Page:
This would still cause oscillation, cycling, or chatter in the scenario you described in the other thread where the VSR engages and the charger cannot supply the required current to keep the voltage above 12.8 volts. This is described in BEP's literature right after they describe their hysteresis: "A buzzerlike sound can be heard as the relay quickly switches in and out. Disengagement can occur at idle (low amps out due to slow speed of alternator) or if the house battery is at a low charge. An increase of the engine’s RPM will increase the alternator output and hold up
the voltage."

In contrast the Blue Sea ACR introduces a time component in it's hysteresis allowing voltage to be any value for the first 10 seconds after engaging, and can be between 12.35v and 12.75v for the next 20 seconds. This effectively eliminates chatter, and give the system time to equalize.

jimh posted 05-25-2011 06:05 PM ET (US)     Profile for jimh  Send Email to jimh     
The dual-sense VSR of the BEP model 714 is an important feature. No matter which battery is chosen as the on-line battery, the off-line battery can be charged as soon as there is excess charging current available.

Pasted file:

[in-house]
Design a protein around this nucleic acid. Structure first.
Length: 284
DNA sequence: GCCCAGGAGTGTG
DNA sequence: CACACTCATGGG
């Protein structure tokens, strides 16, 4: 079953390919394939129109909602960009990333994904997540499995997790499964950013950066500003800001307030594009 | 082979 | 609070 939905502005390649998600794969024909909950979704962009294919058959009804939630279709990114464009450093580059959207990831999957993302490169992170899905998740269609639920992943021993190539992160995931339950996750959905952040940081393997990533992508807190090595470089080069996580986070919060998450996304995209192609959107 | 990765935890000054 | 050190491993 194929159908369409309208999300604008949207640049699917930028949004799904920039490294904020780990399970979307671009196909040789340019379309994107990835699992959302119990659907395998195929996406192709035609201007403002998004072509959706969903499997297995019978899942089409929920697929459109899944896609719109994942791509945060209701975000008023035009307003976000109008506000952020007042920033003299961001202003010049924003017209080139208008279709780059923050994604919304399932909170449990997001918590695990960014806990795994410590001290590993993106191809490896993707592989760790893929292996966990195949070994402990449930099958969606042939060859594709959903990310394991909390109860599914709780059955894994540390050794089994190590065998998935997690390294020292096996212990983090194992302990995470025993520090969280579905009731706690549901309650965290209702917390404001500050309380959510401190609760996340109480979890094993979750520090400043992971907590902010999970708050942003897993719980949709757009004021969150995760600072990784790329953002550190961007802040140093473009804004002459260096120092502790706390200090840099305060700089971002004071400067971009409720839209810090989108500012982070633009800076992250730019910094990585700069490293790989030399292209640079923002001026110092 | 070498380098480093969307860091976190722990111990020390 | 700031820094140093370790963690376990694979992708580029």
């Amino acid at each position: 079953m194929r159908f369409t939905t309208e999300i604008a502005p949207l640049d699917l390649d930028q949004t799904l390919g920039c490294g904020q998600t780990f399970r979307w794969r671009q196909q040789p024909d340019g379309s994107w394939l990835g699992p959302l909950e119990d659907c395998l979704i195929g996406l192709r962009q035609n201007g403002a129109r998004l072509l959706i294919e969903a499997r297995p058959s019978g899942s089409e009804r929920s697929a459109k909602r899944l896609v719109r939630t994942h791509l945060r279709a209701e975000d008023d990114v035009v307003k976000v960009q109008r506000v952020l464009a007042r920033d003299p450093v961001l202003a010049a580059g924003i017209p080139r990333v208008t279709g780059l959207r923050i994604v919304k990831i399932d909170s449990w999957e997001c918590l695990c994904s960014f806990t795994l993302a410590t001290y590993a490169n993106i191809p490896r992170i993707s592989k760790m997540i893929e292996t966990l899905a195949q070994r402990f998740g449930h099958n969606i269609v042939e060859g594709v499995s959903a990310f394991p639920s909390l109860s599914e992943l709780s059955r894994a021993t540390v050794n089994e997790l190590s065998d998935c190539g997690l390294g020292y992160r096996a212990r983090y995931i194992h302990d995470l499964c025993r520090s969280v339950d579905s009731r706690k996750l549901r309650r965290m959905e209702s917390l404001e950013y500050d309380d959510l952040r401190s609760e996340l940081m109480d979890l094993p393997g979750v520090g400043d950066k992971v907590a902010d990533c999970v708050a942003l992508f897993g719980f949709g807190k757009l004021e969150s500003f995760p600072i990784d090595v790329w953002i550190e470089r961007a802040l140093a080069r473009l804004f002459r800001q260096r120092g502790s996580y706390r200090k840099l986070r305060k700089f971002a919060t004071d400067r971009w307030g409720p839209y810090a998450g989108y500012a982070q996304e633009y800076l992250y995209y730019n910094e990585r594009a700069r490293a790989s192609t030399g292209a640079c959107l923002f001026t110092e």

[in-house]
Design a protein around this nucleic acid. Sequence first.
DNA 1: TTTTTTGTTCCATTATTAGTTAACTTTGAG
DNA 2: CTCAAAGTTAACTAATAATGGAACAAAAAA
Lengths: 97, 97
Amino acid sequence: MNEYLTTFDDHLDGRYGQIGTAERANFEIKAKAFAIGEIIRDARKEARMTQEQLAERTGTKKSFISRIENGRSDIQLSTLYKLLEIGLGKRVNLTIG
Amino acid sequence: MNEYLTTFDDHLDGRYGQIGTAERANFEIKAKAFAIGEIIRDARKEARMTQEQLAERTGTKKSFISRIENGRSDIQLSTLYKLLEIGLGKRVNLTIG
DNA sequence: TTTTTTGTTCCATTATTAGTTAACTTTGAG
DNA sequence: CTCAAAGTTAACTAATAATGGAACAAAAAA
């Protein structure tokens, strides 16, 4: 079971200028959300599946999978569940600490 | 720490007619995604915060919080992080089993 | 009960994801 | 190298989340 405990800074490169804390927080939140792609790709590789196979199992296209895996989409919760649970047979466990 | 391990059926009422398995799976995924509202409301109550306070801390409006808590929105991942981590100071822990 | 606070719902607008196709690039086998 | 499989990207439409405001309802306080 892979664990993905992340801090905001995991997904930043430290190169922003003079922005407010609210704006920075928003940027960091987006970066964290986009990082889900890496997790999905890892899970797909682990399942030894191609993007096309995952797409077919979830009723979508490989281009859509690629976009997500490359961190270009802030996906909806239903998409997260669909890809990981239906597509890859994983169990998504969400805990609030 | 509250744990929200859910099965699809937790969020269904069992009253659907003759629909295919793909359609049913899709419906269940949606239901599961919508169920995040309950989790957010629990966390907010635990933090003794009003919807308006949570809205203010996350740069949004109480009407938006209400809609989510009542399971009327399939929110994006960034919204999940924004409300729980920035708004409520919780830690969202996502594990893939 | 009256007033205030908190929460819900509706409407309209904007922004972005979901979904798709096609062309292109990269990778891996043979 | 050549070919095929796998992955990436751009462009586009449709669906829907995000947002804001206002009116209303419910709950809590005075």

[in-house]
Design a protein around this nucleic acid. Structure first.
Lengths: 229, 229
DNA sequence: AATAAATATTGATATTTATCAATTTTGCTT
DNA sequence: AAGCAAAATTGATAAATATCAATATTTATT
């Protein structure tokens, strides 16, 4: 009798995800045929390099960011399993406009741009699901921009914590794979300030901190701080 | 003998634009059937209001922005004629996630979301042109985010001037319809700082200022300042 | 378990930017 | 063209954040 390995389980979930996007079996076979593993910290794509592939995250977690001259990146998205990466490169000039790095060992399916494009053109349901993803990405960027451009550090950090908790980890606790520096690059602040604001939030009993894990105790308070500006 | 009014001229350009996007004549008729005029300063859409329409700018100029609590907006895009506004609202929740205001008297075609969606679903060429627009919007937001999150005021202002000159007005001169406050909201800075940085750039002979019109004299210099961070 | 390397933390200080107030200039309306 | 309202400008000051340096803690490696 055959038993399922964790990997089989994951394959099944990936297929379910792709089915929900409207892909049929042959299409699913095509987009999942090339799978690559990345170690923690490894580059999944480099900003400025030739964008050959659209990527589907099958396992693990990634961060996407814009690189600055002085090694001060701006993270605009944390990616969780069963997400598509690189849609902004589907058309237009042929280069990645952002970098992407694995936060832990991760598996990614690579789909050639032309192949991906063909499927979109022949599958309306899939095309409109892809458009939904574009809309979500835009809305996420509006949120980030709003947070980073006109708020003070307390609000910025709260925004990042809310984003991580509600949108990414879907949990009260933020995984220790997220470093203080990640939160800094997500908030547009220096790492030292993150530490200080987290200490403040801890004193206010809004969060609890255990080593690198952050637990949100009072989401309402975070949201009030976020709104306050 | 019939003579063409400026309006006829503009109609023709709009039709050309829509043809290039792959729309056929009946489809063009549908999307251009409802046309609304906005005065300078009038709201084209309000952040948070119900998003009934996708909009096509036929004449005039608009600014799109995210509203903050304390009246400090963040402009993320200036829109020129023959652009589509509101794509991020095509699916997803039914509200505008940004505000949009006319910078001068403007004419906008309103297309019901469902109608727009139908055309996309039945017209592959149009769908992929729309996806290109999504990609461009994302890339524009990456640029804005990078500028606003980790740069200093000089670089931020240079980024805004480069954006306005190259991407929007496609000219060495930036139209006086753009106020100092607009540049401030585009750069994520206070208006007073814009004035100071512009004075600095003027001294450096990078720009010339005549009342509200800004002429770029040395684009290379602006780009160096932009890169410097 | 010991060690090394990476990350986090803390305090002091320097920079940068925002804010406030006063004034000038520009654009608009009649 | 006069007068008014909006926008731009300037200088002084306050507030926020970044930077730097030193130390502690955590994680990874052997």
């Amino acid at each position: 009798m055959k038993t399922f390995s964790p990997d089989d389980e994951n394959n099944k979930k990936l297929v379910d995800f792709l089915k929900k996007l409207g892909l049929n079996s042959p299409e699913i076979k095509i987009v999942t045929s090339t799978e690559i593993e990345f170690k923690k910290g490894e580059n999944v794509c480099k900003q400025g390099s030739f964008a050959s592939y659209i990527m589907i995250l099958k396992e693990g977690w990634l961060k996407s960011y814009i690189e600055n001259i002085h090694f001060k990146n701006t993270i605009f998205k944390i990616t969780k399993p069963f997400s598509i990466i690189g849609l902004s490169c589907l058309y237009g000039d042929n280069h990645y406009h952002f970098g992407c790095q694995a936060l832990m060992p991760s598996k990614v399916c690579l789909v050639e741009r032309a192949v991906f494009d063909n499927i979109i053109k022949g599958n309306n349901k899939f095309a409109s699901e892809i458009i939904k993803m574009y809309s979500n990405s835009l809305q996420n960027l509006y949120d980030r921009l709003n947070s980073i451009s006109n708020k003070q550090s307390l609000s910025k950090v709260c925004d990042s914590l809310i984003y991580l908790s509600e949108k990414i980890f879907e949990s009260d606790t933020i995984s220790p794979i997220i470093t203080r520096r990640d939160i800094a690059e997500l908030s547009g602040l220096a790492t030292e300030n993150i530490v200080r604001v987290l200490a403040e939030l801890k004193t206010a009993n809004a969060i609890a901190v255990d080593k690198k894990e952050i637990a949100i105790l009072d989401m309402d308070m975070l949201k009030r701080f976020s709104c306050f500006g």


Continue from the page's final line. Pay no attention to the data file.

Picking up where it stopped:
The BEP model 714 eliminates a great deal of external wiring and external components needed with other devices. As I mentioned, the only additional component of the model 714 is a small-gauge wire which is run to the negative bus. Other than this there is no further complexity to the model 714 than there is to just a plain battery switch. In contrast, other battery management devices require a significant number of additional components, such as fuses, cables, connectors, terminals, and so on. Their cost will often be as great as the automatic relay device, and on an open boat it can be difficult to find a good place for all of those extra components.

The BEP model 714 seems to be very well suited for use on a small boat where a single engine and two batteries are employed.

It is not difficult to turn the primary power distribution system and battery management automation devices into rather complicated systems with many options and features, but on the small boat there is something to say for simplicity and compact size. I think the BEP model 714 fits those criteria.

jharrell posted 05-25-2011 06:50 PM ET (US)     Profile for jharrell